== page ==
When you are wearing your favourite clothing, how do you feel (e.g. confident, sexy, poised, powerful, etc.)?

When wearing my favourite clothes I feel comfortable, confident and cool, sometimes with a feeling of  not-too-apparent  sexiness… if that makes sense.

When you’re wearing something that is not quite right, how do you feel? What are the feelings you want to avoid about the clothes you wear?

On those occasions I mostly feel like I’ve tried too hard, or I feel like I look sloppy, way too boyish with no sex appeal to my taste, or far from being a grown up/too old for my age.

Who do you consider to be your style icons? What is it about them that appeals to you?

I guess I’m like a child in the candy shop when it comes to clothes. The shiny, dreamy, exotic pieces catch my eyes, and the women who can make them look like they are perfectly normal for daily wear are my heroines. These four, for example:

TheSecretCostumier - Catherine Baba

TheSecretCostumier - Frida

TheSecretCostumier- Alexa Chung

TheSecretCostumier - Carrie Bradshaw

What are some words that describe styles that you like in theory, but are not quite you?

Although these two styles are the most inspiring for me right now, I just couldn’t wear them head to toe.

Etno – I love the colours, the materials, the close to nature feeling about it, but I’m a city girl at heart and it feels like being in somebody else’s skin most of the times I try it.

Minimal – I really love the simplicity and the emphasis on clean shapes, construction and colours, but in reality I feel like those clothes were designed with athletic bodies in mind, and I just seem to be curved at all the wrong places.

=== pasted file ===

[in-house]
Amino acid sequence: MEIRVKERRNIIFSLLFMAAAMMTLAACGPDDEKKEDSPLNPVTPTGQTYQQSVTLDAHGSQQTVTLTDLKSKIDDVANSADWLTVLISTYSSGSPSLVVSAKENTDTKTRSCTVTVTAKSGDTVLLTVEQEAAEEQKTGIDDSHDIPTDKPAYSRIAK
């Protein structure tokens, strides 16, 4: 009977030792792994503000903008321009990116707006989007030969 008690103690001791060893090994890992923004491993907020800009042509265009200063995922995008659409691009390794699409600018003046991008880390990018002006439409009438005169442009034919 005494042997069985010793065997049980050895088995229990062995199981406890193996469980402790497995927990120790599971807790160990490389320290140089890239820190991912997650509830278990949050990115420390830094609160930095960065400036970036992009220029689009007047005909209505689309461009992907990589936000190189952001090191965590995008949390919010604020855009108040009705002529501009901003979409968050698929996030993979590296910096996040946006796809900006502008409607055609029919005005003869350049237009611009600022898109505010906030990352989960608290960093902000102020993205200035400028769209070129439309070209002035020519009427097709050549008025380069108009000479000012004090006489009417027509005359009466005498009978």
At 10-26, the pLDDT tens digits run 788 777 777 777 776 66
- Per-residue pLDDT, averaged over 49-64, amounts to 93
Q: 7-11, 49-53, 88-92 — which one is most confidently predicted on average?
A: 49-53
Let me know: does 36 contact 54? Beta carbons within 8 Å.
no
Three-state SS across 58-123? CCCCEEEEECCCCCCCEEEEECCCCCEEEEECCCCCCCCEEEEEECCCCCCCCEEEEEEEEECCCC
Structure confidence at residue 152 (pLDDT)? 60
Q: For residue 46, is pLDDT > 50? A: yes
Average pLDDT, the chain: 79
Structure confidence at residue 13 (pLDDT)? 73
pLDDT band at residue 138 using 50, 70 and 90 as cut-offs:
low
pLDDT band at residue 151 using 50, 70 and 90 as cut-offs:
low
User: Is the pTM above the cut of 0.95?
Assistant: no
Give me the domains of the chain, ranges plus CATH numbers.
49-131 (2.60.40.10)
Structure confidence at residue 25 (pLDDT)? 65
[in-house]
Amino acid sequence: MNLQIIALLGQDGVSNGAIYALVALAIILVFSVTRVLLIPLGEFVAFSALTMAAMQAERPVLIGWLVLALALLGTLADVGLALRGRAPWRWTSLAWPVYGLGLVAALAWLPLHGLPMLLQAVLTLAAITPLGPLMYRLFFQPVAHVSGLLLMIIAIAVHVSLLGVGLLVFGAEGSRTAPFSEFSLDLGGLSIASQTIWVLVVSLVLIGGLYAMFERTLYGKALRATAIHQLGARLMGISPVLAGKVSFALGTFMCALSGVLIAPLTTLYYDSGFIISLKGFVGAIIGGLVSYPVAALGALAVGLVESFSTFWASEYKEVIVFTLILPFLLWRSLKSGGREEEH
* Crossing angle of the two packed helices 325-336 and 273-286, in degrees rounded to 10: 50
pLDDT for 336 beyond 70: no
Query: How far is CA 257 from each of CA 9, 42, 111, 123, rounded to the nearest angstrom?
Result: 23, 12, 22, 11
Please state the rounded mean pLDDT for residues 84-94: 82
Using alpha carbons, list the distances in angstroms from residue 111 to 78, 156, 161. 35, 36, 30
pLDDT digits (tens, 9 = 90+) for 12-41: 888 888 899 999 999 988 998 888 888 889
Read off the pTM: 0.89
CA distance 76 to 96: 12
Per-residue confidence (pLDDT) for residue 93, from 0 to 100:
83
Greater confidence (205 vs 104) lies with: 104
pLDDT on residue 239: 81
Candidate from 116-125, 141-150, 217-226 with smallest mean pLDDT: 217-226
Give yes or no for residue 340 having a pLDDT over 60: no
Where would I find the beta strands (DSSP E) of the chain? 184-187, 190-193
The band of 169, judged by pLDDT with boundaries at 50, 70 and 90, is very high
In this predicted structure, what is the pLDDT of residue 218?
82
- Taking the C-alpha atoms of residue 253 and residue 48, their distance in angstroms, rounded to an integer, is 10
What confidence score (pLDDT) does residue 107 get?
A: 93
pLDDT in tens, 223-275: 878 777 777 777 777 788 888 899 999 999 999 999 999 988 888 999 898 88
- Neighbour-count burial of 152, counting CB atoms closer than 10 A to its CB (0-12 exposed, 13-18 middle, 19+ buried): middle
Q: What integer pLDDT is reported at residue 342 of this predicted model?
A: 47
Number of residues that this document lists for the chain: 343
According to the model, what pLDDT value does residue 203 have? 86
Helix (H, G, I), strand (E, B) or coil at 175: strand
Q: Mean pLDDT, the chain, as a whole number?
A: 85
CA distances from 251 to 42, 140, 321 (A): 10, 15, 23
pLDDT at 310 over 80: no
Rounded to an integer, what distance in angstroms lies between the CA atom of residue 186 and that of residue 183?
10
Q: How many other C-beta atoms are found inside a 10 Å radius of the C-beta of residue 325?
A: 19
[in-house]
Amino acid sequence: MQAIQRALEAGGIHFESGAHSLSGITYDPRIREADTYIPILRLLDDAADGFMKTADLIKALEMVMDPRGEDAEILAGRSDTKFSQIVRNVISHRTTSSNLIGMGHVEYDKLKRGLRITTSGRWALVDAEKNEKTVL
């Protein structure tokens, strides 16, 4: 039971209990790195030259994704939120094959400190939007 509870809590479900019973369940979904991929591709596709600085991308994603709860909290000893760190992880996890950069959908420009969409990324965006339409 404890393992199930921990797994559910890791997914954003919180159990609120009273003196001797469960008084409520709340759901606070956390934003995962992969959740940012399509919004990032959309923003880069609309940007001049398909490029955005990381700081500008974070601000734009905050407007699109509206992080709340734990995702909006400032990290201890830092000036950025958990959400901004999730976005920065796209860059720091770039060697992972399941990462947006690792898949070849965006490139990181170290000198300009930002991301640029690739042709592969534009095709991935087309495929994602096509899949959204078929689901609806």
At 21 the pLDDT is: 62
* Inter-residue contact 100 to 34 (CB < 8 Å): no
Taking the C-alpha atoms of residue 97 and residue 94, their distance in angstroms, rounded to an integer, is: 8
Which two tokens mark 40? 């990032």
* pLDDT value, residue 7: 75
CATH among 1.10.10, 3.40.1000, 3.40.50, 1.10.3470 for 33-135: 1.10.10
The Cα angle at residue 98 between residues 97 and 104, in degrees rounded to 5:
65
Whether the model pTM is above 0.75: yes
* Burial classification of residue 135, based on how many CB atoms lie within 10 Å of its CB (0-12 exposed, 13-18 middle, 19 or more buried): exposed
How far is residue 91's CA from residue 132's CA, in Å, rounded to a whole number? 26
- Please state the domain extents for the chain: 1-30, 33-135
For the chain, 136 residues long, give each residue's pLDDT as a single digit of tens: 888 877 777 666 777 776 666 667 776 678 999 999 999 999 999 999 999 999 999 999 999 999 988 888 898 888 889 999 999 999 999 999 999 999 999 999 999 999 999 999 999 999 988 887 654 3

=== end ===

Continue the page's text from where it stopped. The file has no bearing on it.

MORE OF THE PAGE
Look over your answers from last week on history, philosophy, culture, community, activities, location, and body. List at least 15 words that you associate with your answers. Think about descriptive words, moods, and feelings you associate with these things:

Unique    Comfortable    Casual    Playful    Sensual    Urban    Cosy   Sultry    Multifunctional    Easy    Cool    Carefree   Quirky

Are there other words you would like to add to this list? What other words describe your core style?

Nope. It was hard enough to come up with those 13. :)

Look over the answers to all of the questions above. If you had to narrow your list to only 3-5 words to describe you, which words would you choose?

Comfortable    Playful    Sensual    Quirky

Visual exercise
 Collect 15-20 images that represent these 3-5 words for you. You could create a pinterest board, a folder on your computer, a moodboard, or a collage. Be creative and have fun!

Next week (which could be in August, but I’m on holiday now, so do watch this space as anything can happen ;) ), I’ll be exploring shapes and silhouettes that usually work for me, and put together imaginary outfits from those shapes.